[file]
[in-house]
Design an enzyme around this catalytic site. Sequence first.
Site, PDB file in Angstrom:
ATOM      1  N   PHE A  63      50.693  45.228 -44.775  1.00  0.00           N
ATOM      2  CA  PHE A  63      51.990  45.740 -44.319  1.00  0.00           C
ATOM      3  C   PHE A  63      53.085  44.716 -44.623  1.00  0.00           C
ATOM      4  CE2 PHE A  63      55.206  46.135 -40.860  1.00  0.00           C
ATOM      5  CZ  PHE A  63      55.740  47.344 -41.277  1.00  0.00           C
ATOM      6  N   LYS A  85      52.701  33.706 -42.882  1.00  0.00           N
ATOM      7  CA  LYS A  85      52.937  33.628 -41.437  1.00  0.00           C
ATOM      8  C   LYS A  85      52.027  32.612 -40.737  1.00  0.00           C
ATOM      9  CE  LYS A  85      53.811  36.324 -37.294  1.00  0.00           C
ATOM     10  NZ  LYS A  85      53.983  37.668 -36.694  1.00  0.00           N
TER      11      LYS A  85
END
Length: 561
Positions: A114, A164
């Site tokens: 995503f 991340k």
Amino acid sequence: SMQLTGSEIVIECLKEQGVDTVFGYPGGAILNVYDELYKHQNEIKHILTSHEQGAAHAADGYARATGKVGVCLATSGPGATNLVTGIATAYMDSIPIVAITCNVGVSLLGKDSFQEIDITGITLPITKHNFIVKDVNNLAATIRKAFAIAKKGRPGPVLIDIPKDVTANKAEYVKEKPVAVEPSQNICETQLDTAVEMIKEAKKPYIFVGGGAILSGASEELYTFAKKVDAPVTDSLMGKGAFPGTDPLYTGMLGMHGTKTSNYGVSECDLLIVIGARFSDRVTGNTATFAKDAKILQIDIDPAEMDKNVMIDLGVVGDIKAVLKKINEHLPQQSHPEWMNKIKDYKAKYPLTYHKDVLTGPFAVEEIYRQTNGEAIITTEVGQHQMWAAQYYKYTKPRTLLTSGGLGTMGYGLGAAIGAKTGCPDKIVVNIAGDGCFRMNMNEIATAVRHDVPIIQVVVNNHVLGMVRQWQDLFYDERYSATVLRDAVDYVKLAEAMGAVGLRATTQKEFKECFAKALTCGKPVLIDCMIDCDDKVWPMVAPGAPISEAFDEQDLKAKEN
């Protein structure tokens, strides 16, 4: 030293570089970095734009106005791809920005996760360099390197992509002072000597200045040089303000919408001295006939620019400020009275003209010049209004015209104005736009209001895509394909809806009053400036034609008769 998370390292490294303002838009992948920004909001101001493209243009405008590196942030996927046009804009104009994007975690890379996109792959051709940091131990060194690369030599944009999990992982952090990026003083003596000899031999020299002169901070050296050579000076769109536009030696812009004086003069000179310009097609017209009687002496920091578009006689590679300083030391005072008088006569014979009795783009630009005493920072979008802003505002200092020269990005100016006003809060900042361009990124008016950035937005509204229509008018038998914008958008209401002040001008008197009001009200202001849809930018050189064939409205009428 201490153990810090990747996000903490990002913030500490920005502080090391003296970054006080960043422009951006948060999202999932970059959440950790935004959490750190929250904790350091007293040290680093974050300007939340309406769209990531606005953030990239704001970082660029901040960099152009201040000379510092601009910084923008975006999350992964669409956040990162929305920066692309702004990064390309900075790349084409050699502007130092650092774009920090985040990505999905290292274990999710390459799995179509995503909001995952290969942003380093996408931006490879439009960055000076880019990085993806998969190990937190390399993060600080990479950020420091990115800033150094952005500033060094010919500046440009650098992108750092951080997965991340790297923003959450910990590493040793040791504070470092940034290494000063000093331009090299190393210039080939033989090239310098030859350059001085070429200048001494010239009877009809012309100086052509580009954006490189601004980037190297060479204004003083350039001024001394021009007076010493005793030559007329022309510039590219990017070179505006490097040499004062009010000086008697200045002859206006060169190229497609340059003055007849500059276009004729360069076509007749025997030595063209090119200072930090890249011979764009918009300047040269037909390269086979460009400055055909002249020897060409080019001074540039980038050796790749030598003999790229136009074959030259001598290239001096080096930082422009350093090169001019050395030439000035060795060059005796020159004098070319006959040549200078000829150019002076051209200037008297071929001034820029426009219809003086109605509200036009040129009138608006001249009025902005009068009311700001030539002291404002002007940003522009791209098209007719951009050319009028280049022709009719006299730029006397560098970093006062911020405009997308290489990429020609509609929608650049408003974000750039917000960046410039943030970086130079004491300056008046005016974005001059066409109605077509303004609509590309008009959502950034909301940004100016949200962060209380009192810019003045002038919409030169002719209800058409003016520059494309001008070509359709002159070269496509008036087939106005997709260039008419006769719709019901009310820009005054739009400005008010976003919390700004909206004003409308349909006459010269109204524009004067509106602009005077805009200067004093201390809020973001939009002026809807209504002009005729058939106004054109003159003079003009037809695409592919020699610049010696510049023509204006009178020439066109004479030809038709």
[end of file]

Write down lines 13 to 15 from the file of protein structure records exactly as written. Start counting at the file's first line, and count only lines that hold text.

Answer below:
ATOM     10  NZ  LYS A  85      53.983  37.668 -36.694  1.00  0.00           N
TER      11      LYS A  85
END